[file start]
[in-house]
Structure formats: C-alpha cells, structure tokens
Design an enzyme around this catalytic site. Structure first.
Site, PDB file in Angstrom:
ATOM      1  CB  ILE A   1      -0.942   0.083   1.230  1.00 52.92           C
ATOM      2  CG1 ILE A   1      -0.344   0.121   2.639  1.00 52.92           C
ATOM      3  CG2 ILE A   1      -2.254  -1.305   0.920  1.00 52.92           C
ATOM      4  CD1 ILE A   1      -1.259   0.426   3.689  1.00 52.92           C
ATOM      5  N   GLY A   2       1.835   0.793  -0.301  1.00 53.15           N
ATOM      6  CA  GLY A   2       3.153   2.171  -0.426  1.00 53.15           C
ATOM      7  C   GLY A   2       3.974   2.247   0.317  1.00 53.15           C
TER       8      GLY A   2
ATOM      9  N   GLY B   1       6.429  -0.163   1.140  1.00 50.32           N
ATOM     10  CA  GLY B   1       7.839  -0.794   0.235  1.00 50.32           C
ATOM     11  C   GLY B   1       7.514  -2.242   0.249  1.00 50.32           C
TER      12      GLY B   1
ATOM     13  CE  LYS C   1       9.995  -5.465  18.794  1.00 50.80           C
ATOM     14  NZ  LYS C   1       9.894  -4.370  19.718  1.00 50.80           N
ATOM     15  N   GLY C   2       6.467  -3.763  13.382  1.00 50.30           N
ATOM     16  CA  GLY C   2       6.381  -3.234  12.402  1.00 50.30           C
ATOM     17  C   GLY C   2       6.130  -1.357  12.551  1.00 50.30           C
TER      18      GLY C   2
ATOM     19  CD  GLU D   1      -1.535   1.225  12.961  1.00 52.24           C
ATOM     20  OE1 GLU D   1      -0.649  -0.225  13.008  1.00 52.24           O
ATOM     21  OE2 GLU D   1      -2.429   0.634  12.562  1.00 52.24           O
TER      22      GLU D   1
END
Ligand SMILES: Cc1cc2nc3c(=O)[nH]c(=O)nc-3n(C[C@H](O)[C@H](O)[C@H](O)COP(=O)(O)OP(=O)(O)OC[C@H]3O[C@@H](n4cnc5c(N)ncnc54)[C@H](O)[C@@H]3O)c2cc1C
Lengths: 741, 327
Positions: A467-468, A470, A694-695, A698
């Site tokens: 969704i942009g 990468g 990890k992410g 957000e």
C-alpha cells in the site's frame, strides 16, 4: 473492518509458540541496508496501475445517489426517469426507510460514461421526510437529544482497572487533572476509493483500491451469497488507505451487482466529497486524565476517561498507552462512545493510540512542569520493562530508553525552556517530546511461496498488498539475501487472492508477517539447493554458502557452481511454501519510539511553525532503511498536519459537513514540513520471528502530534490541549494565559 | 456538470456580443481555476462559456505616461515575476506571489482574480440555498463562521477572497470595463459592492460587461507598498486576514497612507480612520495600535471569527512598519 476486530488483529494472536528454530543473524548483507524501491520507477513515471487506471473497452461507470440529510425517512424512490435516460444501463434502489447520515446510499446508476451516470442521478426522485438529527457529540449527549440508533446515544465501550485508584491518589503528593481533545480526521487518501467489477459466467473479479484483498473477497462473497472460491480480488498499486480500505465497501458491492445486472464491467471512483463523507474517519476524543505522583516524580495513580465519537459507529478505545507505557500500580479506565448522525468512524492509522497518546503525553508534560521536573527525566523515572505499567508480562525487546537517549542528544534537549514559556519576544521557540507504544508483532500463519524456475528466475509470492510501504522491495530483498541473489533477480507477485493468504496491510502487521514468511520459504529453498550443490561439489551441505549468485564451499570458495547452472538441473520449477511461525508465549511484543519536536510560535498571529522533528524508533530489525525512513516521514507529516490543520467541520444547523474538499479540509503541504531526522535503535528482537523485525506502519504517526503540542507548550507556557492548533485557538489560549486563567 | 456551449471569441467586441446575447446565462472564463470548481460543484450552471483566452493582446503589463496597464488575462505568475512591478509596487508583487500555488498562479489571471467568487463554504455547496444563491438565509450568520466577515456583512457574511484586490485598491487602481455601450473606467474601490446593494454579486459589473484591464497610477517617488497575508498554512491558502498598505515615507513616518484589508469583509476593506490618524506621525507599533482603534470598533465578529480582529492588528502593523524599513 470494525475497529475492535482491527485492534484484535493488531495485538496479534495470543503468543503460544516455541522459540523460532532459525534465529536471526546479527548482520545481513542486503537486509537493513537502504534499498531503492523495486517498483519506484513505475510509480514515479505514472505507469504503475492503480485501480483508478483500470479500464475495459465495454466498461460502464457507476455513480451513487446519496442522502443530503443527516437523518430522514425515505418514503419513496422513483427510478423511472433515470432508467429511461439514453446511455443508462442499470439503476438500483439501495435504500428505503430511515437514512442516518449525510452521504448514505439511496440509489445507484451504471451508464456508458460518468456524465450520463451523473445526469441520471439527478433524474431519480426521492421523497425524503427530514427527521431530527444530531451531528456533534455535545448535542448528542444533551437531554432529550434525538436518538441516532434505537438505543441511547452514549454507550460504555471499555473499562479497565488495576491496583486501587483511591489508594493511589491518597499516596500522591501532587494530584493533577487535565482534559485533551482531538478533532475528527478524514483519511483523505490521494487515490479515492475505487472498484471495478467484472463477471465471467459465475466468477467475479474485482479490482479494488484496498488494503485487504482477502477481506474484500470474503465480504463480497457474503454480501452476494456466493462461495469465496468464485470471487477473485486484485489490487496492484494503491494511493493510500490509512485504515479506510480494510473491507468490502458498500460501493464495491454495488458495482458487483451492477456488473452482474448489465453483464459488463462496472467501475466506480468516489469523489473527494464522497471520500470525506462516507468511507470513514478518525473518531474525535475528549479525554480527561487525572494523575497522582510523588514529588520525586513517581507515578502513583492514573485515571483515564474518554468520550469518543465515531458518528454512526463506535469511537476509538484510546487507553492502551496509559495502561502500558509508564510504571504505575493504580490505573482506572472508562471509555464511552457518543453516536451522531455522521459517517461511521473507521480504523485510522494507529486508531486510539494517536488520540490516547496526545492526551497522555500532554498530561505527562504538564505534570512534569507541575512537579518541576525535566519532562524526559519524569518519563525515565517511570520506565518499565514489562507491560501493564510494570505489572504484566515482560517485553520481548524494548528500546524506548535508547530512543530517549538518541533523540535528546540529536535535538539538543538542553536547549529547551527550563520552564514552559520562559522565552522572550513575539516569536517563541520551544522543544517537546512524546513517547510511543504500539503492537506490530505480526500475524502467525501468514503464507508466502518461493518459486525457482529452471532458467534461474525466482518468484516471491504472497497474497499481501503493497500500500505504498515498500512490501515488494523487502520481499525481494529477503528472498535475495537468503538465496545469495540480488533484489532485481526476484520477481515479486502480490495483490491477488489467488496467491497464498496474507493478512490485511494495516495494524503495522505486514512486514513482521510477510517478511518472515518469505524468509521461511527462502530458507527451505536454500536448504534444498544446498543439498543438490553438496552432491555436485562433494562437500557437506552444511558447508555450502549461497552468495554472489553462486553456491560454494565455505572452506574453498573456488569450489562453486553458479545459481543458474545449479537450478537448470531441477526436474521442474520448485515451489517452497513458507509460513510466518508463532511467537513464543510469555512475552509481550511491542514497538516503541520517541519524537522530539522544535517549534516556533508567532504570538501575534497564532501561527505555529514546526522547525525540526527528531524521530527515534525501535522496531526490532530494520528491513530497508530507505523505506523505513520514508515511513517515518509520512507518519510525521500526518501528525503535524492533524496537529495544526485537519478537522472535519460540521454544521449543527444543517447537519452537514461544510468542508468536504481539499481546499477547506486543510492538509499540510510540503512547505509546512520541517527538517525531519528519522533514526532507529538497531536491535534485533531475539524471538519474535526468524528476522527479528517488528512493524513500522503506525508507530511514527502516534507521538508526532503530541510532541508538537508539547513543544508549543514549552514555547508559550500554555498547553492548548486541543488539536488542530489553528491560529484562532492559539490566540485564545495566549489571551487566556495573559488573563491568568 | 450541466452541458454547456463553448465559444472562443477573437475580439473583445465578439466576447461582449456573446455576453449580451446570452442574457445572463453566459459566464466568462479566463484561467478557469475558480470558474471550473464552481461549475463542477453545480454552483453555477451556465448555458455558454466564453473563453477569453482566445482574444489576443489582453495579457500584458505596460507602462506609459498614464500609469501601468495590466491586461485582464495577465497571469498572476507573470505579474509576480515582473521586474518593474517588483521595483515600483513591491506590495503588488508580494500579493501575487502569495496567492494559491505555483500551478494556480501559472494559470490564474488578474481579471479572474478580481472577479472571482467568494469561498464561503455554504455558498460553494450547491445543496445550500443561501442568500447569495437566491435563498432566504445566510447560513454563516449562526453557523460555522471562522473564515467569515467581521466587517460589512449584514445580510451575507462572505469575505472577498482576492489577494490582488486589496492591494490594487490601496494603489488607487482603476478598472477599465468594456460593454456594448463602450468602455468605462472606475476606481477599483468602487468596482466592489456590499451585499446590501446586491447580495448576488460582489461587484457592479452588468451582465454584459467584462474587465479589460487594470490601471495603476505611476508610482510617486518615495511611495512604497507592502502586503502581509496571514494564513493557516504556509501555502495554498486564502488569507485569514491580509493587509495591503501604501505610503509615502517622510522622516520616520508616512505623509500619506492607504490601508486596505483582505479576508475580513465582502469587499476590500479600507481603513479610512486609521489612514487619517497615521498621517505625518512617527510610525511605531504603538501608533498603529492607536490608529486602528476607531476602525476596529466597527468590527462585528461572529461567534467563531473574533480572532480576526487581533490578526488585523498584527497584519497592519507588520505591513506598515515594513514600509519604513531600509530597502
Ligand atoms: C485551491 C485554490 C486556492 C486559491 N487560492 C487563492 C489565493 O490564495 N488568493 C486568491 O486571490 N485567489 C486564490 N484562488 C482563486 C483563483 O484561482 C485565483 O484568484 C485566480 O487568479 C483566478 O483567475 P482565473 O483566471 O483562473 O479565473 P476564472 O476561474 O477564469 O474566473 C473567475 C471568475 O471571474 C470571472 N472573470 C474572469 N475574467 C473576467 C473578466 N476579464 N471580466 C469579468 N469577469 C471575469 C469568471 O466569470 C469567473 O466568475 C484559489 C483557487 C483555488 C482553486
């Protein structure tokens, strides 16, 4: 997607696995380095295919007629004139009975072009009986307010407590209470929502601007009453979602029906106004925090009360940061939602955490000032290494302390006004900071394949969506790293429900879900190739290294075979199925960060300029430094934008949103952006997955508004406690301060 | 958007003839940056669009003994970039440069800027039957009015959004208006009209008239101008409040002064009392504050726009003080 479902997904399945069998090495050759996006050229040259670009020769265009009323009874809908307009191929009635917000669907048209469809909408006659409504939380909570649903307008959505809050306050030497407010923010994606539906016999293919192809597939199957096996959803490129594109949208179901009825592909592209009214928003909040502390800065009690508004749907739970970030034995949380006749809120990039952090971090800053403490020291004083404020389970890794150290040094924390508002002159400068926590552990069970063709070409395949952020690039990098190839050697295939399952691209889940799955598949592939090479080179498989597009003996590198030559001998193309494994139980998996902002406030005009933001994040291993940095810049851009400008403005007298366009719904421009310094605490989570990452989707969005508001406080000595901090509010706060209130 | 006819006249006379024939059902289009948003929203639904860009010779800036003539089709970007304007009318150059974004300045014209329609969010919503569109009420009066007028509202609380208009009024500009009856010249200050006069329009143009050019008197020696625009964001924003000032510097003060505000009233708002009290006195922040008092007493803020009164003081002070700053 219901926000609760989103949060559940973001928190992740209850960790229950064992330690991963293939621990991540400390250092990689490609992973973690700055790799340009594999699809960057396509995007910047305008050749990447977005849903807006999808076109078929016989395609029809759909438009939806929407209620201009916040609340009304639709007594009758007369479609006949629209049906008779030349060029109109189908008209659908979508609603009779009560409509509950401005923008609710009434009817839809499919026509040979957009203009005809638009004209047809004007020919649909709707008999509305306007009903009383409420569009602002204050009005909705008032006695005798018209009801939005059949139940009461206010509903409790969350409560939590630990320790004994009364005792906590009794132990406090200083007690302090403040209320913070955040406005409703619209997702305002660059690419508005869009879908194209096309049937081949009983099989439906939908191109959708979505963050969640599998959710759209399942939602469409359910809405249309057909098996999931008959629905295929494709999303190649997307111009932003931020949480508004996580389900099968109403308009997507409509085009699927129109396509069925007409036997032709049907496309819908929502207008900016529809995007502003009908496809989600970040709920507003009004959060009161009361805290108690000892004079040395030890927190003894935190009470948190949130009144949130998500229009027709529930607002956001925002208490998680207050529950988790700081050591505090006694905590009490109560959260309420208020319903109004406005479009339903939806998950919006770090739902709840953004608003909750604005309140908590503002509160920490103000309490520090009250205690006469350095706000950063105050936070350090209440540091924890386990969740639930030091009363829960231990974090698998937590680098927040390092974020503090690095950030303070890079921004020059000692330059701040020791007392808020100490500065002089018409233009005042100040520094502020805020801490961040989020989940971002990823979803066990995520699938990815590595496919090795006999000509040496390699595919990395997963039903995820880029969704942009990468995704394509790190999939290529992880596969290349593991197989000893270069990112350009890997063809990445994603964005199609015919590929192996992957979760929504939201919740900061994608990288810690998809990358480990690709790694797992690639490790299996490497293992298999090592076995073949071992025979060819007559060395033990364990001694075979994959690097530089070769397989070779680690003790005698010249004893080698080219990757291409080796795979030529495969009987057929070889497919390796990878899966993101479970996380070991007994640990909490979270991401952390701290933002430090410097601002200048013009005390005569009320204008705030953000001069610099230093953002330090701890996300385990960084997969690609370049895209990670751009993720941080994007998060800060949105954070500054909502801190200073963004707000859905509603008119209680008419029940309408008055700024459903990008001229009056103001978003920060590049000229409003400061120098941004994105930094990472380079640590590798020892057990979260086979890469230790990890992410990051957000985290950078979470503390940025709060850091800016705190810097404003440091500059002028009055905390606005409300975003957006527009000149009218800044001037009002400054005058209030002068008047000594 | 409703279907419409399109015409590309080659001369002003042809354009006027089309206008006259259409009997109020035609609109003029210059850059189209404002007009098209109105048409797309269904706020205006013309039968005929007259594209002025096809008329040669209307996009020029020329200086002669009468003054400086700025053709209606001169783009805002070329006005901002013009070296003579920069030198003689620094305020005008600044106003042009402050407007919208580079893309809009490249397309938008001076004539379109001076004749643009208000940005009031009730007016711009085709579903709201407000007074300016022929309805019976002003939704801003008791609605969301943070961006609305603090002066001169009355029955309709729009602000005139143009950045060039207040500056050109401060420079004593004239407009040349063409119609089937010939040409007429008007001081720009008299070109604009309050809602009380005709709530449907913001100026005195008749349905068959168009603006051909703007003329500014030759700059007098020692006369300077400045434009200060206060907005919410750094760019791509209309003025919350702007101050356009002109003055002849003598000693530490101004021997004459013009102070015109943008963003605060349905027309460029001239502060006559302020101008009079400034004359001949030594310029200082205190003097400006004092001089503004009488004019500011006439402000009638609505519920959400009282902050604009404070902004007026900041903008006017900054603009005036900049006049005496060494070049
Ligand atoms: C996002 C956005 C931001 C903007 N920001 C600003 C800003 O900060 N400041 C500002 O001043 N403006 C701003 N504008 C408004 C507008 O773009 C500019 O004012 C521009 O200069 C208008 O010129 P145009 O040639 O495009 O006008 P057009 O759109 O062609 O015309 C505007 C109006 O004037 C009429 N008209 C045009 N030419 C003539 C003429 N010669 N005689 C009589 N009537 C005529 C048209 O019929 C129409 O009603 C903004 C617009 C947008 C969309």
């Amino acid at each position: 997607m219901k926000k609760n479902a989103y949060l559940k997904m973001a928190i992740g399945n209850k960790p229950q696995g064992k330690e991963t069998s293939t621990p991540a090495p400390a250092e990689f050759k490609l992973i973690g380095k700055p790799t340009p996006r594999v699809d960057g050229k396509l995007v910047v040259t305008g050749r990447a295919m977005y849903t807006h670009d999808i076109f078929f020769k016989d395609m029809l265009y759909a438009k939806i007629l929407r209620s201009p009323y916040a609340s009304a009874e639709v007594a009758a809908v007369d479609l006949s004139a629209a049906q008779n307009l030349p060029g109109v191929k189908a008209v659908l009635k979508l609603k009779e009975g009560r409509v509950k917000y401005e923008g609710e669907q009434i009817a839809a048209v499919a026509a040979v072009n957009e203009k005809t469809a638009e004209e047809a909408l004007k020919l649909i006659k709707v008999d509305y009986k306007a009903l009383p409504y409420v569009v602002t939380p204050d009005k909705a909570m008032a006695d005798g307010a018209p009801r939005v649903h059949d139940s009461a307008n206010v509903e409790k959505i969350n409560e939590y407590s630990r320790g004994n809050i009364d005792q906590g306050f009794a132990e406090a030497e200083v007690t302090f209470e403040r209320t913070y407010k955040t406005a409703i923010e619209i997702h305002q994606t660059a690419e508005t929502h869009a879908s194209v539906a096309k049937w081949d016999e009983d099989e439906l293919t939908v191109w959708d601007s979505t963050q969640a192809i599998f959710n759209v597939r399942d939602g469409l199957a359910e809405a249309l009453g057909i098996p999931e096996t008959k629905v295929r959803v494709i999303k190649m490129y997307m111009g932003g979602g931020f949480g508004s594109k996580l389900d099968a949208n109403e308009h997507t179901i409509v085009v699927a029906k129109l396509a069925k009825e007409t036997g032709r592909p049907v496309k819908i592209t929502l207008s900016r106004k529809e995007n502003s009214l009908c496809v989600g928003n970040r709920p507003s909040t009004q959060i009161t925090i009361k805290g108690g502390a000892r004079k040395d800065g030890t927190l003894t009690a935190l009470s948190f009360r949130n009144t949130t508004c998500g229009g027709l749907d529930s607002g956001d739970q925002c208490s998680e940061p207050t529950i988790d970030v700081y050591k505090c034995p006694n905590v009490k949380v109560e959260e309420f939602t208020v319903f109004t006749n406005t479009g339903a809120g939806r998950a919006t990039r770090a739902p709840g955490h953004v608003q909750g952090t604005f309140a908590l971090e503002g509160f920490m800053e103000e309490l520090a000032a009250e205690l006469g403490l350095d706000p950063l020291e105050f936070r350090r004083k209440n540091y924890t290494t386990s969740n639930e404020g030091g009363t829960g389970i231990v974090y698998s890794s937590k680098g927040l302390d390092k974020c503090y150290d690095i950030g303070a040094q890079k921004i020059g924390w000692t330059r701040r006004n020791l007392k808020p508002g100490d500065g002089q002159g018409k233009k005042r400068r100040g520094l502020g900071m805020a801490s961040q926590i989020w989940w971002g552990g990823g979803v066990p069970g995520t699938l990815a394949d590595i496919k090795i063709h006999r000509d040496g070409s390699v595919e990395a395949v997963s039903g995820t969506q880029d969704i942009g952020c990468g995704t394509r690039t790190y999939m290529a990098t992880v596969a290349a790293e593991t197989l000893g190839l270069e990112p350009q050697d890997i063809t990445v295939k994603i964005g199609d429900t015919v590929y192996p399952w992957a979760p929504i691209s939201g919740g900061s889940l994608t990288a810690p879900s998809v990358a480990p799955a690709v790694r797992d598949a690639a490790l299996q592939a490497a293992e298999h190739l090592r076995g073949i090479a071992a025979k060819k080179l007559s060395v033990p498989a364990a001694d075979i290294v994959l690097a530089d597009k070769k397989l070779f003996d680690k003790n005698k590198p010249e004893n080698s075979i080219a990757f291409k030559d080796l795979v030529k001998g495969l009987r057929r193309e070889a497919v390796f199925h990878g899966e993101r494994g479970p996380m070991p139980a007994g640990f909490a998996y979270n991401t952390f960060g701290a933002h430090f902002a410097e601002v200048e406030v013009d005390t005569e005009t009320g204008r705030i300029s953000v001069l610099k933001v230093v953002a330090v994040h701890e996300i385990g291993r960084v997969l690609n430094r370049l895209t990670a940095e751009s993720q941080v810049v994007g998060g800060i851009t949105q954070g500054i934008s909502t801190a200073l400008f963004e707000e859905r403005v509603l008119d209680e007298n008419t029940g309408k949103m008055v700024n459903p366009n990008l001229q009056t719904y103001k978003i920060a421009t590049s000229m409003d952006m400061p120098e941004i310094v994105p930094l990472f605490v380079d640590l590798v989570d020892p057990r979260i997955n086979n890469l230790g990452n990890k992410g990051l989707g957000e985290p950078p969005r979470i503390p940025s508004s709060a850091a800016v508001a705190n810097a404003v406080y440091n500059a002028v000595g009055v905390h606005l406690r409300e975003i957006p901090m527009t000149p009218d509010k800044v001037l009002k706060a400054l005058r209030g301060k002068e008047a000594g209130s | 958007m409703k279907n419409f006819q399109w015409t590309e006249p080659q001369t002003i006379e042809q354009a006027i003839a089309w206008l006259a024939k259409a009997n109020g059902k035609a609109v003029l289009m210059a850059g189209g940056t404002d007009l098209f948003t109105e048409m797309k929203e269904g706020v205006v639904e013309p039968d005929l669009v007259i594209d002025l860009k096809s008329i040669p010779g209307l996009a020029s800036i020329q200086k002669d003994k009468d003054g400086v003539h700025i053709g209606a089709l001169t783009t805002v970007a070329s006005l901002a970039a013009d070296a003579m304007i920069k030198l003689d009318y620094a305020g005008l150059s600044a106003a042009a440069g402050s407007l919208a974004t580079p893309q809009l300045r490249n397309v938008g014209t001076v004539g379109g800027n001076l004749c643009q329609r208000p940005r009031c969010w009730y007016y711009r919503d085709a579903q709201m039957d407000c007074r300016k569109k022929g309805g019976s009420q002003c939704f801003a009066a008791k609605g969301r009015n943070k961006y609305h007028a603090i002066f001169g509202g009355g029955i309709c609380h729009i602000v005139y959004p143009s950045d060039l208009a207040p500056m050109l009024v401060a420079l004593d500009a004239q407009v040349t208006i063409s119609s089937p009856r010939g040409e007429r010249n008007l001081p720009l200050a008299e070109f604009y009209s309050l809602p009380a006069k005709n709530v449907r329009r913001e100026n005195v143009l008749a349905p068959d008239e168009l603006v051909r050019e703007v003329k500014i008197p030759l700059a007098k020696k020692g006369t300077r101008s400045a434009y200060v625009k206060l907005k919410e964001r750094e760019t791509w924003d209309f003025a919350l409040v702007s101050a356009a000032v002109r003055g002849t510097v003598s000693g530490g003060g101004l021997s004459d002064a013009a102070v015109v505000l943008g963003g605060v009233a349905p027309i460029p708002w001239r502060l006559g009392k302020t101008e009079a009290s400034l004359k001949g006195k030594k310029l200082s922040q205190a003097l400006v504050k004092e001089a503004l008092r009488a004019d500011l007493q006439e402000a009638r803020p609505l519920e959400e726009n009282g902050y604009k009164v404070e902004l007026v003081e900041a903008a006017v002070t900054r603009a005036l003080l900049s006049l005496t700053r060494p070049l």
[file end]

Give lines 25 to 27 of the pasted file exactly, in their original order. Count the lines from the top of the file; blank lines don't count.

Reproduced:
ATOM     21  OE2 GLU D   1      -2.429   0.634  12.562  1.00 52.24           O
TER      22      GLU D   1
END